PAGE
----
Twenty-four hours ago Jack Cahill had sipped the last of his vodka martini as the 747 descended through cloud cover towards its final approach to Lihue Airport on the southeast shore of Kauai. This beautiful "garden island" of Hawaii's magnificent chain of seven islands jutted upward from the depths of the Pacific Ocean. Cahill had just ripped the cord of his golden parachute following the merger of his company, Global Dynamics, with his chief competitor, Levitron International. Six months of due diligence with auditors, bankers, and the Federal Trade Commission had taken its toll on the sixty year-old Silicon Valley magnate. Now he planned to return to his birthplace to enjoy his retirement.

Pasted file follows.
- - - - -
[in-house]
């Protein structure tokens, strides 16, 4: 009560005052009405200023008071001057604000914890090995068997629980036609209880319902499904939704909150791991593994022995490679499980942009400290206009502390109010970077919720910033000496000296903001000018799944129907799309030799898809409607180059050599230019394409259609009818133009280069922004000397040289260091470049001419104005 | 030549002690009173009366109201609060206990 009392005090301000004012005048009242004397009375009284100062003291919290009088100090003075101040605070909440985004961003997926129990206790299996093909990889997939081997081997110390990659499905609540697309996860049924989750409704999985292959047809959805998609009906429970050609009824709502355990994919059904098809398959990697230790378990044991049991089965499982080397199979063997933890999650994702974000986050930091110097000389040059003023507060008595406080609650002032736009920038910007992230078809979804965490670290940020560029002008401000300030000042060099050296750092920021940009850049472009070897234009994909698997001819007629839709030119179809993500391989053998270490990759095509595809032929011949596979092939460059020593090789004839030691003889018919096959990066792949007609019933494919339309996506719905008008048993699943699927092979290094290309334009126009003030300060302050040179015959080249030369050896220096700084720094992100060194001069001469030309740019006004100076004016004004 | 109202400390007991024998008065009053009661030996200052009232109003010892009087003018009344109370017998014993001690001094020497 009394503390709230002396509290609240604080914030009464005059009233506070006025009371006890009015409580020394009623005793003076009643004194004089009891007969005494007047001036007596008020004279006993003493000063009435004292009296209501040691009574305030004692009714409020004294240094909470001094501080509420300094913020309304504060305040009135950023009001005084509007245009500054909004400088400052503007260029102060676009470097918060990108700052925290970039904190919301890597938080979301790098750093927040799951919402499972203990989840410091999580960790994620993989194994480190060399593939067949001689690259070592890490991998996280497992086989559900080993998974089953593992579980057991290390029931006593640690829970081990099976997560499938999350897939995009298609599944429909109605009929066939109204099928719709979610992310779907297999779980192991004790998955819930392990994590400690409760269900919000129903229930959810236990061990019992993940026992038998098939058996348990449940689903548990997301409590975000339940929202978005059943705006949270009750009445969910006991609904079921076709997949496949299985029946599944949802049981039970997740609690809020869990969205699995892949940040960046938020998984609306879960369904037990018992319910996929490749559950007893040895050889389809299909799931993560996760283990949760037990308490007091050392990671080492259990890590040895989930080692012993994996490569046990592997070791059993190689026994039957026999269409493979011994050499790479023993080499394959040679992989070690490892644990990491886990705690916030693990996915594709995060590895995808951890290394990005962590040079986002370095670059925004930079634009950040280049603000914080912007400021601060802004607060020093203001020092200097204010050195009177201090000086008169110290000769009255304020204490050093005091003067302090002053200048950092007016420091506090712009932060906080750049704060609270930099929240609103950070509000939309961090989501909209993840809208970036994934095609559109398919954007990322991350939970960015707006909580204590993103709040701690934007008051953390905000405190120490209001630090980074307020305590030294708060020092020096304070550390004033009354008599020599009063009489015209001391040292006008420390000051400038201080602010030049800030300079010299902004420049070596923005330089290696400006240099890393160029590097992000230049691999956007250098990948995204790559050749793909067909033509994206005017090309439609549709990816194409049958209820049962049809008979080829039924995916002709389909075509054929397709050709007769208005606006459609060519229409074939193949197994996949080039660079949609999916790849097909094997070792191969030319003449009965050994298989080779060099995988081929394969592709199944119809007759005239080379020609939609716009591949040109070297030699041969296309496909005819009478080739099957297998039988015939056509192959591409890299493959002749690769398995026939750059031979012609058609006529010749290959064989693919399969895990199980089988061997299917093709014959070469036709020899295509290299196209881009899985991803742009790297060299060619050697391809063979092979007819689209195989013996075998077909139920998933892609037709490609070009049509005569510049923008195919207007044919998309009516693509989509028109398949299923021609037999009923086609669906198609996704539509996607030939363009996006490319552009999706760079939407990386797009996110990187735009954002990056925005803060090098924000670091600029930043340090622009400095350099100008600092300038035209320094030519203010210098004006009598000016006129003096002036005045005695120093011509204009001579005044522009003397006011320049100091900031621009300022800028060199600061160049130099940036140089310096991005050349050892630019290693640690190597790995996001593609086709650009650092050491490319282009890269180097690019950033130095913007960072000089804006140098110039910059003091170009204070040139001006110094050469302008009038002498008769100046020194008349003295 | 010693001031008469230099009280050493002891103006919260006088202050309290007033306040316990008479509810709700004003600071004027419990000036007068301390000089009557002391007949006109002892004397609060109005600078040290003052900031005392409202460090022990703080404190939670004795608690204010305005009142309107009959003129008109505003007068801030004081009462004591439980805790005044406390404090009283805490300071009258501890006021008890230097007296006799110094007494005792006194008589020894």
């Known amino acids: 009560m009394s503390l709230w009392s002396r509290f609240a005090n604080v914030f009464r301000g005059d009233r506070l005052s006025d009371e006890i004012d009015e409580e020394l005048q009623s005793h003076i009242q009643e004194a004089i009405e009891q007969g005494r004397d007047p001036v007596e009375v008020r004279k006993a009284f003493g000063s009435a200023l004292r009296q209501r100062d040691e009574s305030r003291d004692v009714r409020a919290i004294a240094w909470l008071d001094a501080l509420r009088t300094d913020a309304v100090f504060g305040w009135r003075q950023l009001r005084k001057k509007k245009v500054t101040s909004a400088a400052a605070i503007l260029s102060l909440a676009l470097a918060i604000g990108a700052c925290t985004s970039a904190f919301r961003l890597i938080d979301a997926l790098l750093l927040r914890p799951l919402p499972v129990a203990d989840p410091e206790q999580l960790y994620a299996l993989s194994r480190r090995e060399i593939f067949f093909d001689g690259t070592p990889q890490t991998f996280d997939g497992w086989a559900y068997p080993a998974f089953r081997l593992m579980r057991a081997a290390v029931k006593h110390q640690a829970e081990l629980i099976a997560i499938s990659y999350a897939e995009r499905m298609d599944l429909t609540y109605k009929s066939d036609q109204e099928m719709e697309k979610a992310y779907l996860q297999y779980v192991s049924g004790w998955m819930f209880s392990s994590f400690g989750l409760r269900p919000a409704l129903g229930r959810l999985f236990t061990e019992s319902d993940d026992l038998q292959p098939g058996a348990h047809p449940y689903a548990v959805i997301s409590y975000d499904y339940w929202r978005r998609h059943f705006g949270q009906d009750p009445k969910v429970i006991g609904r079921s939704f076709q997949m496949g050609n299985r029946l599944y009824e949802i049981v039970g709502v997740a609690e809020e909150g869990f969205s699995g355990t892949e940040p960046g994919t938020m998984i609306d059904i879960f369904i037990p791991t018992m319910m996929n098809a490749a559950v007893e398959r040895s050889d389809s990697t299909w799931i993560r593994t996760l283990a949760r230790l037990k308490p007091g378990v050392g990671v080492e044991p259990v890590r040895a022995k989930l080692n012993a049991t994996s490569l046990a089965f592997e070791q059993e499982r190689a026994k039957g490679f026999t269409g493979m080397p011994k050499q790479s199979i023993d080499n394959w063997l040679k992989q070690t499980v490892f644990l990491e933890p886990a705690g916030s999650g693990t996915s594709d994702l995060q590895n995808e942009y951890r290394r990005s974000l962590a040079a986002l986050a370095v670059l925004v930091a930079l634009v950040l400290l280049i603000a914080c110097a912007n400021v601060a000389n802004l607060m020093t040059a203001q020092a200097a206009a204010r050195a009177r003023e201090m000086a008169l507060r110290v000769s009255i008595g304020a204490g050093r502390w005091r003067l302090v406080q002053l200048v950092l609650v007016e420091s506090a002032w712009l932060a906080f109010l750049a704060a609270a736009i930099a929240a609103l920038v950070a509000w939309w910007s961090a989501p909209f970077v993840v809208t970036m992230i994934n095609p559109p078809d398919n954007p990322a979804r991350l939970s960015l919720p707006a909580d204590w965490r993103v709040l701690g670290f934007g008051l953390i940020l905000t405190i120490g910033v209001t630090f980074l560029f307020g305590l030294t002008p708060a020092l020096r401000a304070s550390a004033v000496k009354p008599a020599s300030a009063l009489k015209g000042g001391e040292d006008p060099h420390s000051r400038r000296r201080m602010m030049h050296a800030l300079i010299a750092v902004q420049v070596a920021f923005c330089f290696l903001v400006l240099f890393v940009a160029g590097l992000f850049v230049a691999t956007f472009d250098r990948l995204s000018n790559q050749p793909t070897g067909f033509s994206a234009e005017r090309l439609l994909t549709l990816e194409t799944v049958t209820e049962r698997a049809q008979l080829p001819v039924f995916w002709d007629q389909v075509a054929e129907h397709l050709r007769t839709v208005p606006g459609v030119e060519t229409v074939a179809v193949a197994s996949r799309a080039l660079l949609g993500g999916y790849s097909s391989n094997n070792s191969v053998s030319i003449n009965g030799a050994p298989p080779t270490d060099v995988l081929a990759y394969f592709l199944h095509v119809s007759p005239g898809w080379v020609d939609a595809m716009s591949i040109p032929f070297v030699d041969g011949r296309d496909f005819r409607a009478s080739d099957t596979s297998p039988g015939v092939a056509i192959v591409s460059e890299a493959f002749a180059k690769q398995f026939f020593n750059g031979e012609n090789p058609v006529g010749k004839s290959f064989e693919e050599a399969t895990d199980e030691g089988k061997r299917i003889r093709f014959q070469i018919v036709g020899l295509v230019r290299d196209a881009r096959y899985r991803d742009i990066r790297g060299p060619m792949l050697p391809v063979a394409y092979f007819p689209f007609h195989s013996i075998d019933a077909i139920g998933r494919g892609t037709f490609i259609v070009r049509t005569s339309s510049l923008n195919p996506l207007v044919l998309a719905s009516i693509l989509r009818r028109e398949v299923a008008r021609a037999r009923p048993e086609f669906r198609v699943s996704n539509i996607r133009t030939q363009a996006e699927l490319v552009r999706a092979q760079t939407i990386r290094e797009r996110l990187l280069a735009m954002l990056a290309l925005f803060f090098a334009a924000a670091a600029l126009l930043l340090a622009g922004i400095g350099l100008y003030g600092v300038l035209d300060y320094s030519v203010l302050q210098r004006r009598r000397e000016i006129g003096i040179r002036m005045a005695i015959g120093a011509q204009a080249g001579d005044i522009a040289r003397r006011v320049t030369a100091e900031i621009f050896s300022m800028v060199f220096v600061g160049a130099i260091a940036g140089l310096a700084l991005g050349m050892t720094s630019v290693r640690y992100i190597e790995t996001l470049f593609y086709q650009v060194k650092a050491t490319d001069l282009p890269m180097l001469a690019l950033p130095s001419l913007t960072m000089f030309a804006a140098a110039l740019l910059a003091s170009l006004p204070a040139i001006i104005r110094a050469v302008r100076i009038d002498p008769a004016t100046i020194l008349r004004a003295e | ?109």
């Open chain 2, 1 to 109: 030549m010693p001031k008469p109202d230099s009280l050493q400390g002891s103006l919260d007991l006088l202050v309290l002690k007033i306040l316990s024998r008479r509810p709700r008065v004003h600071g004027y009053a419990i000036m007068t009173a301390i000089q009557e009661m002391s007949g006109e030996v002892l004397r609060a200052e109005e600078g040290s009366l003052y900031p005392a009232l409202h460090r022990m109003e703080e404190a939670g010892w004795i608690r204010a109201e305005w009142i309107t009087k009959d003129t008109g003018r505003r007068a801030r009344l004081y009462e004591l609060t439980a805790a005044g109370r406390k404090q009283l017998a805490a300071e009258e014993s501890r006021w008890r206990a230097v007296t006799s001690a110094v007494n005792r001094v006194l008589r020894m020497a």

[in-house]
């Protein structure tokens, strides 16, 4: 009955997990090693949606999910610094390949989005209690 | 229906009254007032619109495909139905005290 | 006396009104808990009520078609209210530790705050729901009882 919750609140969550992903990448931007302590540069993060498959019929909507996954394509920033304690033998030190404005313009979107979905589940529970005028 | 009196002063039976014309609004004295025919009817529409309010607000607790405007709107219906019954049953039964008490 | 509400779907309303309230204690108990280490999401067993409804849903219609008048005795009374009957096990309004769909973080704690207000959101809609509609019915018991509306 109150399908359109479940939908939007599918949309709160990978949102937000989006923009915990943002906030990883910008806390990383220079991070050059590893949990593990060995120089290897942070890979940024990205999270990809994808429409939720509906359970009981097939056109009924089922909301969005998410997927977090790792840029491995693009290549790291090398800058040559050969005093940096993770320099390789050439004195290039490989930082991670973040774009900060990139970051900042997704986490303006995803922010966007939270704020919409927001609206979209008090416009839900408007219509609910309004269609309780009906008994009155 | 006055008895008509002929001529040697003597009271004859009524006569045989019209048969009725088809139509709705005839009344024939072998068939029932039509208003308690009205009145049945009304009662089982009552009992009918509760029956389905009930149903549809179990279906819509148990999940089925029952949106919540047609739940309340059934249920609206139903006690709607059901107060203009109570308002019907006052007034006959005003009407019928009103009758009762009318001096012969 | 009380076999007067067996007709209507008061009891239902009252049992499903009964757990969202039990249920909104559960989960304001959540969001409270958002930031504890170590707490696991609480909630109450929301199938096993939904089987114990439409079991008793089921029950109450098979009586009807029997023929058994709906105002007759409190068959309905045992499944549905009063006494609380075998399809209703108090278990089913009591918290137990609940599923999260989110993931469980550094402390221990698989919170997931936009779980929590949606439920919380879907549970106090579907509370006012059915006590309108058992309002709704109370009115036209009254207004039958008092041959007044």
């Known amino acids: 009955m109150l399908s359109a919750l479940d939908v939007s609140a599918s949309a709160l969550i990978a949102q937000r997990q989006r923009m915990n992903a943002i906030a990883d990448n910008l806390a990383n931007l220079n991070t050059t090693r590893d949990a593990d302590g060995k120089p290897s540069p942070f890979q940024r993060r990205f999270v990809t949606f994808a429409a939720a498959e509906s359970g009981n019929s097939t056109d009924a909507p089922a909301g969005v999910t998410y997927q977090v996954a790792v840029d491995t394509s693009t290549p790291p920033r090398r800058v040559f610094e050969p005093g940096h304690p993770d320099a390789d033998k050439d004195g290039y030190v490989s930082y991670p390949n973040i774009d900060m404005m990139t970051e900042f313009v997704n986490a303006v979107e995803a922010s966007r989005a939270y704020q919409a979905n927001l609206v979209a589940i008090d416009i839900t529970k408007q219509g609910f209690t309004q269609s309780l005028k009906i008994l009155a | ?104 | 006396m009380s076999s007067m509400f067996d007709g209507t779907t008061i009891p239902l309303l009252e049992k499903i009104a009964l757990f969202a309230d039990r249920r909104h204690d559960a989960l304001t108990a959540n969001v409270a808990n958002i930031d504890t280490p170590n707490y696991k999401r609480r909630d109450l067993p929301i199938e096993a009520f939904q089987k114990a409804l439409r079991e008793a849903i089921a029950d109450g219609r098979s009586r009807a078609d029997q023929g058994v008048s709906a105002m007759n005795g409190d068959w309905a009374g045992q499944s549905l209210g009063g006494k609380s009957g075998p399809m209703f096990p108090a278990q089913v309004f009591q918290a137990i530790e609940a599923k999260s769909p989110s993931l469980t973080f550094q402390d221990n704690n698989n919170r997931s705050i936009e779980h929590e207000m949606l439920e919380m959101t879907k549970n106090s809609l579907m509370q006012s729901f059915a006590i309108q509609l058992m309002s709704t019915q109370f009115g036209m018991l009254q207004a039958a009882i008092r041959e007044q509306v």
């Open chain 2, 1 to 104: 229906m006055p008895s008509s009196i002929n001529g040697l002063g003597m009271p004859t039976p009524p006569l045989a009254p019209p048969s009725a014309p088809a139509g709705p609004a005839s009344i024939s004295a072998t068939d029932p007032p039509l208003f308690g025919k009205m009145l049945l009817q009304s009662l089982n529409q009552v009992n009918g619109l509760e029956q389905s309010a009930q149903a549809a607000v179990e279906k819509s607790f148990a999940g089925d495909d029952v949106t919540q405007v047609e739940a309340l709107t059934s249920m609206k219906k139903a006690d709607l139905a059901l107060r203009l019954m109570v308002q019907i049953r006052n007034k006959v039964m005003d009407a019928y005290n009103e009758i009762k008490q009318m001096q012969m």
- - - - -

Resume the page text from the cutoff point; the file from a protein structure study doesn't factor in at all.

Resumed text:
The Cahills were well-known in Kauai having owned the island's largest sugarcane plantation on the southern coast near Koloa, where there is now a famous golf course where the PGA major tour winners play each December for the honor of besting their competitors. The only child of Wanda and Zachary Cahill, Jack learned to swing a machete at eight, cutting down the cane stalks that would be ground into sugar for export to the mainland. Prep school was mandatory for the frail, young boy, whose taciturn demeanor kept him in many a fight, due to his refusal to defend himself. The elder Cahill was well-known on the island, having befriended the locals with jobs to support their large families in an otherwise tourist economy. Japan had yet to drop its bombs on their neighboring island to the east. The local, weekly paper headlined Hitler's occupation of Poland, but such geo-political events were a world away from the sleepy town of Koloa.